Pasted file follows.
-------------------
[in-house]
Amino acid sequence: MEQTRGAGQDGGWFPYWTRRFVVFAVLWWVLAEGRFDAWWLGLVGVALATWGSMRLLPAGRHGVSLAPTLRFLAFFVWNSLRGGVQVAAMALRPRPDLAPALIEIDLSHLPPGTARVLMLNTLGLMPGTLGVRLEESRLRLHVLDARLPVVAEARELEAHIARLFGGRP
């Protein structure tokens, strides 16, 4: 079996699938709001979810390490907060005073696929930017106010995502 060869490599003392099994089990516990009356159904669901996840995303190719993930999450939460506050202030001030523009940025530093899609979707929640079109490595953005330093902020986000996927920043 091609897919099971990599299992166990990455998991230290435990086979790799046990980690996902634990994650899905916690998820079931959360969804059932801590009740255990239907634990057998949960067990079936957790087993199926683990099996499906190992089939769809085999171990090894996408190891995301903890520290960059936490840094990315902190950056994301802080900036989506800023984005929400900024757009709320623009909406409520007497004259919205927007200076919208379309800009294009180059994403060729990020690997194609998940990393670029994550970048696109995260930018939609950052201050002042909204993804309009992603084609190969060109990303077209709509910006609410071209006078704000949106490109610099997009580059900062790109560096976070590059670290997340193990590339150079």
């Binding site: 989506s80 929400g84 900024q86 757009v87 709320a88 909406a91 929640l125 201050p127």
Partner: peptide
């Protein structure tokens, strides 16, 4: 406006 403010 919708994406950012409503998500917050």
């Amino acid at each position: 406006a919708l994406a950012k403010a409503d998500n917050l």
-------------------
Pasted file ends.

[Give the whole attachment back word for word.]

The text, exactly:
[in-house]
Amino acid sequence: MEQTRGAGQDGGWFPYWTRRFVVFAVLWWVLAEGRFDAWWLGLVGVALATWGSMRLLPAGRHGVSLAPTLRFLAFFVWNSLRGGVQVAAMALRPRPDLAPALIEIDLSHLPPGTARVLMLNTLGLMPGTLGVRLEESRLRLHVLDARLPVVAEARELEAHIARLFGGRP
């Protein structure tokens, strides 16, 4: 079996699938709001979810390490907060005073696929930017106010995502 060869490599003392099994089990516990009356159904669901996840995303190719993930999450939460506050202030001030523009940025530093899609979707929640079109490595953005330093902020986000996927920043 091609897919099971990599299992166990990455998991230290435990086979790799046990980690996902634990994650899905916690998820079931959360969804059932801590009740255990239907634990057998949960067990079936957790087993199926683990099996499906190992089939769809085999171990090894996408190891995301903890520290960059936490840094990315902190950056994301802080900036989506800023984005929400900024757009709320623009909406409520007497004259919205927007200076919208379309800009294009180059994403060729990020690997194609998940990393670029994550970048696109995260930018939609950052201050002042909204993804309009992603084609190969060109990303077209709509910006609410071209006078704000949106490109610099997009580059900062790109560096976070590059670290997340193990590339150079």
């Binding site: 989506s80 929400g84 900024q86 757009v87 709320a88 909406a91 929640l125 201050p127």
Partner: peptide
């Protein structure tokens, strides 16, 4: 406006 403010 919708994406950012409503998500917050």
């Amino acid at each position: 406006a919708l994406a950012k403010a409503d998500n917050l």